This past Saturday was the first Saturday of the month which means it's time for MPU Live.This week Mark Metzger joins David and me to chat about File Maker, we also talk about cleaning up iOS, follow-up on Office 365 accounts and Google Docs, discuss Mac/PC hybrid setups, hear from a virtual assistant, share listener tips and tricks and I share my recent experience with the iPad Air 2. The jury is still out.
I had the pleasure this week of speaking with Laura McClellan of The Productive Woman Podcast about productivity and how I juggle the many tasks in my life. I must say this interview with Laura was perhaps one of my favorite I've given in a long time. I thought Laura did an especially good job of boiling down some of the essential talking points from our discussion in the shownotes. While the podcast is obviously geared towards busy women, I'm sure many men in the audience will find this discussion helpful as well.
This week on Mac Power Users David and I revisit the topic of Dictation and Siri. There have been a number of improvements on this front since our past episode and we tackle the best options for using your voice to dictate text and perform tasks on your Mac, iPhone, and iPad.
OS X 10.11 El Capitan was released this week and Apple announced (again) that this year’s first weekend of iPhone sales and pre-orders were record setting. Here are some links of interest for the week ending October 4, 2015
- Writing for Macworld, Jason Snell reviews OS X El Capitan, he says it’s solid as a rock. Also from Jason this week, over at Six Colors he talks about What’s new in Photos for Mac 1.1, along with the El Capitan update Apple has some nice improvements for its Photos.app
- NPR sat down with Apple CEO Tim Cook who argues that ‘Privacy is a Fundamental Human Right’ and discussed Apple’s policies on sharing data and encryption. (Note: full interview is about 6 minutes and player requires flash - ugh!)
- Horace Dediu writing on his site Asymco authored a piece on What it means to be great in the context of the iPhone 6S. It’s a great read.
- A new feature in iOS 9 is Wi-Fi assist which uses acellular data to boost browsing speed and performance when an iPhone is connected to a poor quality wireless network. However, some users are complaining that this feature is burning through data. I’ve seen a lot of buzz building about this online, but not many actual examples of it happening to people. Personally, I haven’t noticed any increase in my data use or the data use on any of the devices of my friends and family that I monitor. It may be that there’s more buzz over this issue than actual substance. Something to keep an eye on and be aware of.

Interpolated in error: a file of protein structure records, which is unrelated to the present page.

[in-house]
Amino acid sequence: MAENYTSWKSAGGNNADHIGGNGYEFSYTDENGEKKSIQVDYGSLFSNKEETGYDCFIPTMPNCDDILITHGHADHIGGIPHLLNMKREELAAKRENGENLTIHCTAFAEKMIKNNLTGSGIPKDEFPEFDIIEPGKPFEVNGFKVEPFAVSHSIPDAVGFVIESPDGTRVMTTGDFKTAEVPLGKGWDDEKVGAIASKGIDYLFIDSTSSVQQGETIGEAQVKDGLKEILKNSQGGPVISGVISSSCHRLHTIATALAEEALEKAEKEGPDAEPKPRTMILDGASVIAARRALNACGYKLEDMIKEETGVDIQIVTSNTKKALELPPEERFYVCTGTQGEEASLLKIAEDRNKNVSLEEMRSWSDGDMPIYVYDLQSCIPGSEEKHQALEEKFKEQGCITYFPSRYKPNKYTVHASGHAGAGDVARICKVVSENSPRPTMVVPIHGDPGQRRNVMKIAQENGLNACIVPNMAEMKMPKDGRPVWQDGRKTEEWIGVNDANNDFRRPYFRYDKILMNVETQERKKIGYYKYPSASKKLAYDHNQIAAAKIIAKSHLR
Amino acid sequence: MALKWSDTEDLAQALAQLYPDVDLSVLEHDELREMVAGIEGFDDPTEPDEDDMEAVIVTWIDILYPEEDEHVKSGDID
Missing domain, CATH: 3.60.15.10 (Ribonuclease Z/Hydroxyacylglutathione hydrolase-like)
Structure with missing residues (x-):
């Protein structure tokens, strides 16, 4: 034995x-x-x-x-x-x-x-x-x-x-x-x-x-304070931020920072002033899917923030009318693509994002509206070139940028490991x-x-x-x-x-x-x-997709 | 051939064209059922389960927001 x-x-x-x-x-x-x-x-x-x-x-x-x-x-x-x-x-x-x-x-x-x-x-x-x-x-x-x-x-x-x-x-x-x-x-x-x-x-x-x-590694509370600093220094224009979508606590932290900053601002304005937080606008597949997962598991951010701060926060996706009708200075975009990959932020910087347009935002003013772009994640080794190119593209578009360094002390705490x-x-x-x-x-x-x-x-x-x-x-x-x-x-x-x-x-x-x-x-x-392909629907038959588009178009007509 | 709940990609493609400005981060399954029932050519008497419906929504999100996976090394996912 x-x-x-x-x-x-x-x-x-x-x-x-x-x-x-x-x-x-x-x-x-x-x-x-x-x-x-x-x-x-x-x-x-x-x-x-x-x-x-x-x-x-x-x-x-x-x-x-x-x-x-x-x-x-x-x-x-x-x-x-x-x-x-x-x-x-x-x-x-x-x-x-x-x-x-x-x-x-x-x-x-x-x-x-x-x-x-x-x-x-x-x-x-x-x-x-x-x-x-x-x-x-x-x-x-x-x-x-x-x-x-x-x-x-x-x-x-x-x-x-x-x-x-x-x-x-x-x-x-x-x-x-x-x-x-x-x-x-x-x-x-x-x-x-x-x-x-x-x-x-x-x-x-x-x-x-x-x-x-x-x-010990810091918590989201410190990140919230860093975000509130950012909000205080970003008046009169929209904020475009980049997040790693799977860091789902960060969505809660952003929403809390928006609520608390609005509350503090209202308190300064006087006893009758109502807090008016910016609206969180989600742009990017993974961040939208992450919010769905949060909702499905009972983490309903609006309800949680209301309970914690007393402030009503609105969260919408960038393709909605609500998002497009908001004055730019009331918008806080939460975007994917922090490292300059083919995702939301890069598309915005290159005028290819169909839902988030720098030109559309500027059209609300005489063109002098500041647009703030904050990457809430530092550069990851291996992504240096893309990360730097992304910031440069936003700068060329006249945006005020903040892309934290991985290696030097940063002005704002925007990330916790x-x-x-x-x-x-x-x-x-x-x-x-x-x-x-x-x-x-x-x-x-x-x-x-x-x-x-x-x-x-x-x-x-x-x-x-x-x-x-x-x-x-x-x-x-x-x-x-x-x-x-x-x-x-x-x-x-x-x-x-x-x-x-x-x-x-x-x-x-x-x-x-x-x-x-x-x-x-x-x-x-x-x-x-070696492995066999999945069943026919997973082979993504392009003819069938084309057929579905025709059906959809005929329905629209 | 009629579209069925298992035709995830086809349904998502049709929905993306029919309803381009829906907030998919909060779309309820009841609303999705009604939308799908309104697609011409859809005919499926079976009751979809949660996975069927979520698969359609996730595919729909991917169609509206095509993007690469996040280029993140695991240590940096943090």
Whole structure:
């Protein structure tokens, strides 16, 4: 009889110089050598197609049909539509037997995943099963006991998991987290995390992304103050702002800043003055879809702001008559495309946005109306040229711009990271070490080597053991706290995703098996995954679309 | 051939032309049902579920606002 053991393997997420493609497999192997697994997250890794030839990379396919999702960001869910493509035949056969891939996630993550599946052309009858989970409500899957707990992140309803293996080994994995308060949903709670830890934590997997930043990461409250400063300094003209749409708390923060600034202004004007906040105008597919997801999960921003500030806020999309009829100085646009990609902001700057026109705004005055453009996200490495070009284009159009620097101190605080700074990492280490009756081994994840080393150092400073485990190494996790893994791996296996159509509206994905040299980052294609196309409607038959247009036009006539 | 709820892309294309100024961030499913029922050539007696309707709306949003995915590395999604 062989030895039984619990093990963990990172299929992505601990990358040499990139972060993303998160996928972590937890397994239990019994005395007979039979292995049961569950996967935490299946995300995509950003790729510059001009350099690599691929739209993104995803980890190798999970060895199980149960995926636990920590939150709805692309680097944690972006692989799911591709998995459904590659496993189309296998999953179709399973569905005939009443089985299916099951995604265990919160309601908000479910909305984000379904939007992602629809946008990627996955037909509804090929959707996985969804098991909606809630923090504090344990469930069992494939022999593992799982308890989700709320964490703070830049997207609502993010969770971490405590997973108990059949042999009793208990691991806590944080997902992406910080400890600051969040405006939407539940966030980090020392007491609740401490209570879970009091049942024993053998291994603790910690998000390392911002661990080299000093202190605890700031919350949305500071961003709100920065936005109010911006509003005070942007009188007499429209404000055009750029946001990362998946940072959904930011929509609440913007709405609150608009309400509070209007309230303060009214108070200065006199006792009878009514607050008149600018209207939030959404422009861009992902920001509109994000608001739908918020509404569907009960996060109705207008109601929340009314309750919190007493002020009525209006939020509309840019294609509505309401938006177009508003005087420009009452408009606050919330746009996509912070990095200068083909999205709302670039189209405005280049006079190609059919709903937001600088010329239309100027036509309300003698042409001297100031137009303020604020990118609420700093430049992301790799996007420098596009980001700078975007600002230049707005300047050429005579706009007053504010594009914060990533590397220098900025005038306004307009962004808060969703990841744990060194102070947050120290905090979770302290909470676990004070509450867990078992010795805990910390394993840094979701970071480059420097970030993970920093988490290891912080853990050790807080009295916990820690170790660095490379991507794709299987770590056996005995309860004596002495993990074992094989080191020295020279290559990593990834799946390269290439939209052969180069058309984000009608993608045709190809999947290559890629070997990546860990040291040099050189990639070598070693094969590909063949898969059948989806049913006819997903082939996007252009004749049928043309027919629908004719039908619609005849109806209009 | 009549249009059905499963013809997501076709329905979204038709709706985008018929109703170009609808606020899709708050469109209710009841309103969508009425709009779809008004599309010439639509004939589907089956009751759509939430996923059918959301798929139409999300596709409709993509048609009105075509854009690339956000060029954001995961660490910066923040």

- This week saw several updates to some of my favorite Mac and iOS Apps. TweetBot 4 was finally released. Chris Gonzales writing for the Sweet Setup says it’s a huge update to their favorite Twitter App. Federico Viticci at MacStories also has a review.
- Fantastical 2.1 was released for Mac. Glenn Fleishman writing for Macworld calls it an even better calendar replacement, I agree.
- Bartender 2, the App that brings order to a menu bar of chaos was released. David Sparks has a writeup. The release brings full El Capitan compatibility as well as keyboard commands and more.
- Finally this week, The Truth Is Still Out There. One of my favorite series of all time, the X-Files is coming back to Fox on January 24th. Here’s the preview:
This month’s issue of ScreenCasts Online Monthly Magazine is now available in Apple’s Newsstand App. In the October issue you’ll find an article from me about my workflows for managing my school work on Mac and iOS.
The monthly magazine is packed with streamable versions of Don’s excellent video tutorials as well as articles, reviews and tips from authors including David Sparks, Allison Sheridan, Wally Cherwinski and more. The magazine is free for ScreenCasts online Premium Members or available as a separate subscription or you can pickup individual issues. You can download it in the AppStore or find more info at http://www.screencastsonline.com/magazine/
Today TiVo announced the new Bolt DVR. I’ve a big fan of TiVo, having used their DVRs since the early 2000s. I recently upgraded to the TiVo Roamio earlier this summer and wrote about that experience on this site. Given the great deal I was given as an enticement to upgrade to the Roamio, I suspected a new model TiVo might be on the way.
To Bolt is similar to the Roamio line of DVRs but features a few new features including a redesigned case, ability to skip all commercials in many prime-time television shows with the press of a single button and the ability to speed up play back of recorded shows to 1.3x. It also brings significant speed improvements and the ability to support 4k video. Bolt is shipping next month, and I have not had an opportunity to see or use one. If you’d like to read a few of the early reviews, here are some form David Pogue and Walt Mossberg. But here are my quick takes as a long -time TiVo user:
What’s to Like:
- The premier feature of the Bolt is the ability to skip ads with the press of a single button. Though there’s more to this story. To make this work, TiVo has people manually marking the start and end time of ads in recording. So it only is available on shows recorded from 4pm to midnight, on the top 20 national channels and it’s not typically available on local programing or sports. There’s a new skip icon in the user interface that indicated when a show has the ability to skip is available. Because the information has to be coded in by people, it can take some time for the skip feature to become available. Other companies have tried similar features in the past and litigation put an end to it. TiVo’s implementation is a different, but it wouldn’t surprise me if this is a feature that creates some concern from the networks and content producers. I’m curious to see what happens here.